This article challenges the widely held notion that developments in computing are sufficient to explain the recent turn to applied economics. Advances in computer hardware were undoubtedly necessary, and they were sufficient to ensure that there were significant changes in economists’ practices, but to explain how and why economics changed, other factors need to be considered. It conjectures that the most profound effect of the increased availability of computers may have been to challenge the boundary between theory and applied work.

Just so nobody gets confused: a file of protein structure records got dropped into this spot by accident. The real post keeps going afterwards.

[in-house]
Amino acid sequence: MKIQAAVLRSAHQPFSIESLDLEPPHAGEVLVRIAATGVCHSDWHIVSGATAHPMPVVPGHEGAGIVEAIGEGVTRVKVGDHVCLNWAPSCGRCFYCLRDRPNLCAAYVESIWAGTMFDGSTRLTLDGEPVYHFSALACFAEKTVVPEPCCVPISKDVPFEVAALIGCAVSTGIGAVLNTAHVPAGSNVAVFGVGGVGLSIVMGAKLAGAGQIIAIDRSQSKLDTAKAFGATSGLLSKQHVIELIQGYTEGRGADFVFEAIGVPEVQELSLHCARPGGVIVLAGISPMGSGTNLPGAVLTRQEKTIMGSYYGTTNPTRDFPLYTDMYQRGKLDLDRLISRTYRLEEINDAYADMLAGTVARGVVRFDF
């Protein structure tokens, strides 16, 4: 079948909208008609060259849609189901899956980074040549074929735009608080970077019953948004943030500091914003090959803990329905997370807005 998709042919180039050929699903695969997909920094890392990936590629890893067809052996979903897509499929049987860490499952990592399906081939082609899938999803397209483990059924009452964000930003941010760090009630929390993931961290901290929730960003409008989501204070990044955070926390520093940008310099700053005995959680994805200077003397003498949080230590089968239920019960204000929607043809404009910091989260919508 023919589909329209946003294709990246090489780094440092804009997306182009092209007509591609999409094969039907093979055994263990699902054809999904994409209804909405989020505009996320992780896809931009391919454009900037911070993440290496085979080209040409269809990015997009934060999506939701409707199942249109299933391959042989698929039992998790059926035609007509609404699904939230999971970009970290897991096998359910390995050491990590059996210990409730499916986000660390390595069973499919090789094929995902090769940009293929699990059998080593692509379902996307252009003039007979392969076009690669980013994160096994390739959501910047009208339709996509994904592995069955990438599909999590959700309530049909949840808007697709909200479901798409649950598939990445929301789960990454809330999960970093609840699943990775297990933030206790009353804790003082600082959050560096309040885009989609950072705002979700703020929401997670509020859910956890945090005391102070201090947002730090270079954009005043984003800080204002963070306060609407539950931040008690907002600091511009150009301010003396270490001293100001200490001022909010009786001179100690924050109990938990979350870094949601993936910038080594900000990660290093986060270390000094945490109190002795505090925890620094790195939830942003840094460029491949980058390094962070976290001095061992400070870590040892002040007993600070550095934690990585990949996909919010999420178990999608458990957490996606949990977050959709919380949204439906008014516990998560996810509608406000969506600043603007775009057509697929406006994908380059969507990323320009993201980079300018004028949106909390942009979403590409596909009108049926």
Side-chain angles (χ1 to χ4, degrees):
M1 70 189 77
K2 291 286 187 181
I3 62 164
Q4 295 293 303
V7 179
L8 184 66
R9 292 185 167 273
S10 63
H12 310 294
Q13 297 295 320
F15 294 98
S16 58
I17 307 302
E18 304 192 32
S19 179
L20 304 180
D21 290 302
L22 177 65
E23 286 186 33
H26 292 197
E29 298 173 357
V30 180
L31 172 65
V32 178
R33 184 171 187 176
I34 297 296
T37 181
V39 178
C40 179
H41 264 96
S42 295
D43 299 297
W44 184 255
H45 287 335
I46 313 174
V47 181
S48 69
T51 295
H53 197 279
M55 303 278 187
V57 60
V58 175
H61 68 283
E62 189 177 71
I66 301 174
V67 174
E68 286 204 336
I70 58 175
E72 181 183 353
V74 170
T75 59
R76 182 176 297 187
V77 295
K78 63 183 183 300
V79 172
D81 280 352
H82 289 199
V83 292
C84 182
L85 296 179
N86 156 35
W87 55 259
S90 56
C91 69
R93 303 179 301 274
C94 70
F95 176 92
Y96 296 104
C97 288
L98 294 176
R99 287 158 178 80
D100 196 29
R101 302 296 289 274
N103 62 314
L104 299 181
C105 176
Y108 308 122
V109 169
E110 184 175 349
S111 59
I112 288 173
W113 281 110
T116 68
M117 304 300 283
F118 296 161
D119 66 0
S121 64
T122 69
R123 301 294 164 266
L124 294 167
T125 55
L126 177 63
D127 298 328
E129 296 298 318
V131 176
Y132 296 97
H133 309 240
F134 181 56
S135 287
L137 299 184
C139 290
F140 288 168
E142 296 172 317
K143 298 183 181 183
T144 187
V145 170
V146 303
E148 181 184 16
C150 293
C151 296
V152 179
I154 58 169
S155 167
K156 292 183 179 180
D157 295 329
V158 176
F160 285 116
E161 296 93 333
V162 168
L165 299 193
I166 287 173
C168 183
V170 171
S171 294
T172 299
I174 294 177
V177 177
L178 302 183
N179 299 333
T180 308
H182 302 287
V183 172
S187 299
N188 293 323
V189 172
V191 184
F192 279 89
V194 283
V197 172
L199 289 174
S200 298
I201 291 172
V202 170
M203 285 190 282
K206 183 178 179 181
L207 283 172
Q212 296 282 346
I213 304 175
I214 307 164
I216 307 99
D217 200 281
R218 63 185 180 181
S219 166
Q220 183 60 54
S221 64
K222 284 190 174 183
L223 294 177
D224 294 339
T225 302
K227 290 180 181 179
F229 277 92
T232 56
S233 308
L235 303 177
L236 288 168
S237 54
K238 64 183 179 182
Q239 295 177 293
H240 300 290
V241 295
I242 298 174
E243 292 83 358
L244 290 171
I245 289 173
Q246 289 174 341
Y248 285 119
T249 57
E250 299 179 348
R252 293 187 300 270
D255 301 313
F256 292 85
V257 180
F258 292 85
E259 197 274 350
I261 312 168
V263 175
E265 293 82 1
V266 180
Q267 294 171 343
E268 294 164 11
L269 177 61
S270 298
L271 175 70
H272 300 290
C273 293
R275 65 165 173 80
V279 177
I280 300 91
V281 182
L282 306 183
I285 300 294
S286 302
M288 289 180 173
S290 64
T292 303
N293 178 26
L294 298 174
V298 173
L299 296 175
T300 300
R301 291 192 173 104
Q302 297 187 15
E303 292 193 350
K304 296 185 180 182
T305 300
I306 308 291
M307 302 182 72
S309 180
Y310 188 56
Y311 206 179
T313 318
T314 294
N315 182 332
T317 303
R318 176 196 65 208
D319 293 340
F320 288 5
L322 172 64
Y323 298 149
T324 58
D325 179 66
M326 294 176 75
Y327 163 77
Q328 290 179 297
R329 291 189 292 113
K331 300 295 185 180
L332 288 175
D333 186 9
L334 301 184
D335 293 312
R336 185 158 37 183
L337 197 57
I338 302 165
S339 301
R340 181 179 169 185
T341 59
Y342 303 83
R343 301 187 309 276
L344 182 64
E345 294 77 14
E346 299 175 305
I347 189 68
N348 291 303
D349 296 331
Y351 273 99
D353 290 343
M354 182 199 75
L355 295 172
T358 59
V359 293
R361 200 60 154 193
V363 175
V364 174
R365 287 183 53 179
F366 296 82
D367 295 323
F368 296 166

“It’s Computers, Stupid!” The Spread of Computers and the Changing Roles of Theoretical and Applied Economics
Roger E. Backhouse, Béatrice Cherrier; “It’s Computers, Stupid!” The Spread of Computers and the Changing Roles of Theoretical and Applied Economics. History of Political Economy 1 December 2017; 49 (Supplement): 103–126. doi: https://doi.org/10.1215/00182702-4166287
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